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In the TV series The Expanse, the protomolecule is clearly capable of feats unexplainable by the science and technology that the humans on the show possess:

  • It can make a whole asteroid vanish from radar
  • It can accelerate the said asteroid while those "onboard" (Miller) do not feel the acceleration
  • It can disassemble a ship in a split-second
  • Etc.

However, some basic laws of physics still seem to apply: it has to absorb energy (mainly radiation) in order to do work, and it can probably not decrease entropy (during the Eros incident Naomi detects a temperature rise on Eros, and makes a remark like: "At least thermodynamics still hold").

Later in the books the protomolecule opens up a way to strange and distant regions, but in the TV series the humans are as-yet unaware of this possibility.

In the first episode of the third series Holden discovers that the protomolecule on Venus and Io gave out a "cry" at the very moment the Monster was destroyed on the Rocinante. Does that mean that Holden is now avare of the relativity-violating FTL capabilities of the Protomolecule, or did he simply imply "after d/c time" by saying "in that moment"? (After all, to Expanse characters light lag is an everyday experience.)

  • en.m.wikipedia.org/wiki/Faster-than-light_communication As a note, people have proposed theories in which faster than light communication would be possible, although the current understanding is that none of these would actually work. However, these theories have been a staple of scifi for a long time, and so it could be that the Expanse is working under the idea that ftl communication does not actually violate any laws of physics, instead following one of those theories. – Kai Apr 17 '18 at 10:58
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Yes, that is the implication in the scene in question.

In the book this episode is based on, Caliban's War, this plot point lasts over several chapters but is much more explicit.

There are several data points leading to this conclusion, the first one near the beginning of the book when Bobbie fights the monsters on Ganymede:

"I got an alert from Michael-Jon de Uturbé about increased activity on Venus at the same time the shooting started on Ganymede. It wasn't a big spike, but it was there. And Venus getting restless just when something happens that looks a damn lot like the protomolecule showed up on Ganymede? That's a problem."

And

But the data was clear. The attack on Ganymede and the spike in the energy expended on Venus had come at exactly the same time. And no one knew why.

The second data point is when the monsters break containment on Io:

"They can share information?" Avasarala said.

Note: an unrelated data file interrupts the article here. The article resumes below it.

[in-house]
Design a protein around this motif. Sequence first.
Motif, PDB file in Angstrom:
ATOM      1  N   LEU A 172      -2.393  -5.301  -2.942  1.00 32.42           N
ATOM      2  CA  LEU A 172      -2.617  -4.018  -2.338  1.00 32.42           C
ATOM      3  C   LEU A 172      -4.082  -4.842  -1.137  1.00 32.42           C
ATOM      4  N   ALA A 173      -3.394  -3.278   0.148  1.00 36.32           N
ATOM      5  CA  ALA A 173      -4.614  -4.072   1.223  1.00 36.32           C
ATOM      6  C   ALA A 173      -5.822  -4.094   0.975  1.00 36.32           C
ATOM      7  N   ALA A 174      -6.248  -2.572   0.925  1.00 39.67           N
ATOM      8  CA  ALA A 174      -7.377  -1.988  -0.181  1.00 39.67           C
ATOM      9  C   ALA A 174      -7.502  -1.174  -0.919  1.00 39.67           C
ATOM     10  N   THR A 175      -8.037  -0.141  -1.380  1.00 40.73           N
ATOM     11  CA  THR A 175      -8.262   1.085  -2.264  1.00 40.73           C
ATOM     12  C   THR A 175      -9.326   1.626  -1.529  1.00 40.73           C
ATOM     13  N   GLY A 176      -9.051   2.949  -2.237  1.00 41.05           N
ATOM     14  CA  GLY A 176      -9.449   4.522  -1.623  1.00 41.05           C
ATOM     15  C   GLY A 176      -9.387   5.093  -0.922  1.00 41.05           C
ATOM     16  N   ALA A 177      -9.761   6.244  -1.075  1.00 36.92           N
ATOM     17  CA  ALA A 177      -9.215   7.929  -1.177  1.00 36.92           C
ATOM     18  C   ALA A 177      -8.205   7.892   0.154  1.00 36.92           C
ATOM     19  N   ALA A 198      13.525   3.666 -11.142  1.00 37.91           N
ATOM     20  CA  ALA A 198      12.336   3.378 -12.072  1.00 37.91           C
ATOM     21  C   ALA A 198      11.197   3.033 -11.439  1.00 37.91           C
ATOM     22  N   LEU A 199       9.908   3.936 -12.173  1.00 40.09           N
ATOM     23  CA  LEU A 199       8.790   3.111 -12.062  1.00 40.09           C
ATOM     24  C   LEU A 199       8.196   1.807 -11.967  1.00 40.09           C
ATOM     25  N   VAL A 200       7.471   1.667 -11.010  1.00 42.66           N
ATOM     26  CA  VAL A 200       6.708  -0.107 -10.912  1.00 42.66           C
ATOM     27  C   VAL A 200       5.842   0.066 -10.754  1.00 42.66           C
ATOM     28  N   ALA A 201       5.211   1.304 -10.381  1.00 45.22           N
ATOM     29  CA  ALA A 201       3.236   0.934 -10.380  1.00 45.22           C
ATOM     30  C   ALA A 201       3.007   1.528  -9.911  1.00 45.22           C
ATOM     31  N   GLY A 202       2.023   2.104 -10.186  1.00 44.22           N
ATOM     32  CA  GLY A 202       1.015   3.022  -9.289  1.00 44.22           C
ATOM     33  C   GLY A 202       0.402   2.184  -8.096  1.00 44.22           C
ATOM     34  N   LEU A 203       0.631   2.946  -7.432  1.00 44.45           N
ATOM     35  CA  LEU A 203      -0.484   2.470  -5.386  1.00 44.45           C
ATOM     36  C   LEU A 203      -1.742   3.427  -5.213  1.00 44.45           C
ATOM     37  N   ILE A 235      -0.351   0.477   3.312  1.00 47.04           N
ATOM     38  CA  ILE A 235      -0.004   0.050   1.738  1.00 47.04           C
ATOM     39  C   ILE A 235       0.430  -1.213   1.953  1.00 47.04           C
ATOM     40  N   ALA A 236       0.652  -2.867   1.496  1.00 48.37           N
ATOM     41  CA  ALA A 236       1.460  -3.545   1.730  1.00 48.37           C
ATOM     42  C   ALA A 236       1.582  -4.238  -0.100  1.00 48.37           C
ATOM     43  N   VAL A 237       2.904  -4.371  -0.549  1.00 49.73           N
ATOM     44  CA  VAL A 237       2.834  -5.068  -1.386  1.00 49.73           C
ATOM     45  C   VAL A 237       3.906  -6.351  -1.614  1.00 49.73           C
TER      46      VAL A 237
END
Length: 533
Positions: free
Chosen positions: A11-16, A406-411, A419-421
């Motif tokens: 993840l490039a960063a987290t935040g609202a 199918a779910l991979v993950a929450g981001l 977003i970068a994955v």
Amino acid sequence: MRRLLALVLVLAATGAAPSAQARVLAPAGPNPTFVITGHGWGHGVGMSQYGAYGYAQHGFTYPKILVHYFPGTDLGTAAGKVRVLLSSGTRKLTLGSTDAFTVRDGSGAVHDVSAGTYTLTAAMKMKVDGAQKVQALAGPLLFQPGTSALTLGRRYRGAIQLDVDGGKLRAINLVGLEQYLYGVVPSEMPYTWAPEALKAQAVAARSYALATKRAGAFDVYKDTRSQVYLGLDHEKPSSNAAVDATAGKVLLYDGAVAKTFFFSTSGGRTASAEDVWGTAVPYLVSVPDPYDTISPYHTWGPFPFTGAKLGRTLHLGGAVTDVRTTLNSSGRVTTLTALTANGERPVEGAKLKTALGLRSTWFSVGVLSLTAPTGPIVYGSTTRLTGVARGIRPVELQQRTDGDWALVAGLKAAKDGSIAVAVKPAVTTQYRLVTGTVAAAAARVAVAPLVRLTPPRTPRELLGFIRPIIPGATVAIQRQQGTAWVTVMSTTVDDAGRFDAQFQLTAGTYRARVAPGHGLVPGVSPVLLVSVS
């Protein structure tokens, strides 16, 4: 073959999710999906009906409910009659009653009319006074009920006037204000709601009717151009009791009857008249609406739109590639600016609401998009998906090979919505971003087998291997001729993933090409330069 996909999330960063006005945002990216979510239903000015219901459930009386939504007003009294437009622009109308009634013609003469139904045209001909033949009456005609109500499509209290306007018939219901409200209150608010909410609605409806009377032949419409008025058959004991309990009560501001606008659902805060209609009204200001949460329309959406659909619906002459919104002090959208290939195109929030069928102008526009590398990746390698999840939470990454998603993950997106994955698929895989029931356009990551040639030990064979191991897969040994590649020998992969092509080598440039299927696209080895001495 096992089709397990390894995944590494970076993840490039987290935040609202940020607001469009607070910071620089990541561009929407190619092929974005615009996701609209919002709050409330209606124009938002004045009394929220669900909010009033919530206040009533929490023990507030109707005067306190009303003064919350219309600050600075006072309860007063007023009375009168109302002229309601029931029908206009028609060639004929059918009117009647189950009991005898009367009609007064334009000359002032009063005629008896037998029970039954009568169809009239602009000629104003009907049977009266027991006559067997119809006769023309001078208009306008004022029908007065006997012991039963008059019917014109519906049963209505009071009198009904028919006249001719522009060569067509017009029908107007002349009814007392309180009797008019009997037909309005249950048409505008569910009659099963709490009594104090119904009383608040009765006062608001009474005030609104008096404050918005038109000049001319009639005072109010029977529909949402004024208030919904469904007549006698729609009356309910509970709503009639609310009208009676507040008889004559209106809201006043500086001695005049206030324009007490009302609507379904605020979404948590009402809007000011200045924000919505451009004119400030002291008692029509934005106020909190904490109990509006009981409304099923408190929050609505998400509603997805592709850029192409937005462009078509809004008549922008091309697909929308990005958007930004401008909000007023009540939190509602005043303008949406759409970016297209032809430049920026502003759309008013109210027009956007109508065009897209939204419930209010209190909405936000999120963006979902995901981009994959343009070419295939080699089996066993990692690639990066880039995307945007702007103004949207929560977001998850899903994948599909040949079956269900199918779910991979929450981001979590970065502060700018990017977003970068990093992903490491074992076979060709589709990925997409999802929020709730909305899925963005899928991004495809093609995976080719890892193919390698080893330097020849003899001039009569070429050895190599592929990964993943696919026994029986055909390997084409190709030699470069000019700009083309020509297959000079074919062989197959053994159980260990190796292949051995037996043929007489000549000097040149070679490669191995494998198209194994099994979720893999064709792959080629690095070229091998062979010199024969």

"Sure," Prax said. "Look at your energy spikes. The first one happened while the thing was fighting Bobbie and the other marines on Ganymede. The second spike came when the other one got loose in the lab. The third spike was when we killed it with the Rocinante. Every time one of them has been attacked, Venus reacted. They're networked. I'd assume that any critical information could be shared. Like how to escape constraints."

And the third data point is the incident you're referring to, when the stow-away monster on the Rocinante is destroyed:

"I did," Avasarala said. "There was another energy spike. Bigger than the last ones. Prax was right. They are networked, and worse than that, they don't suffer lag. Venus reacted before the information about the battle could have reached it."

"Okay," Bobbie said. "That's bad, right?"

"It's weird as tits on a bishop, but who knows if it means anything? They're talking about spin-entaglement webs, whatever the hell those are. […]"

Which is a pretty explicit statement saying that the information about the monster's death did travel faster than light to Venus – possibly through quantum entanglement, as the other answer alludes to.

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One possibility is that the protomolecule is exhibiting some form of large scale quantum entanglement. Such entanglement has been proposed as a possible FTL transmission method. The wikipedida site discussing this possibility discounts the use for FTL itself. But, would seem to possibly allow for the simultaneous expression of the system at a distance: I.e. as stated:

"...they only let two observers in different locations see the same system simultaneously, without any way of controlling what either sees. "

Under this explanation it might satisfy the observation of simultaneous expression without violating our current understanding of quantum FTL. Though I am not aware from the layperson literature that anyone has seen quantum entanglement at the scale of the protomolecule.

  • This is a good answer, but I'm not sure it answer's OP's actual question, which seems to be whether it actually did communicate faster than light or not. My interpretation is that yes, it did, and in that case your answer explains how it could have done that. – tobiasvl Jun 1 '18 at 11:12
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    Entanglement doesn't allow for faster than light communication. Or any communication for that matter. Here are the first two sentences of the text you linked to: "Certain phenomena in quantum mechanics, such as quantum entanglement, might give the superficial impression of allowing communication of information faster than light. According to the no-communication theorem these phenomena do not allow true communication; they only let two observers in different locations see the same system simultaneously, without any way of controlling what either sees." – Boris Sep 3 '18 at 1:59
  • "Such entanglement has been proposed as a possible FTL transmission method." Only by sci-fi authors who don't do enough research... – Harabeck Sep 6 at 20:55

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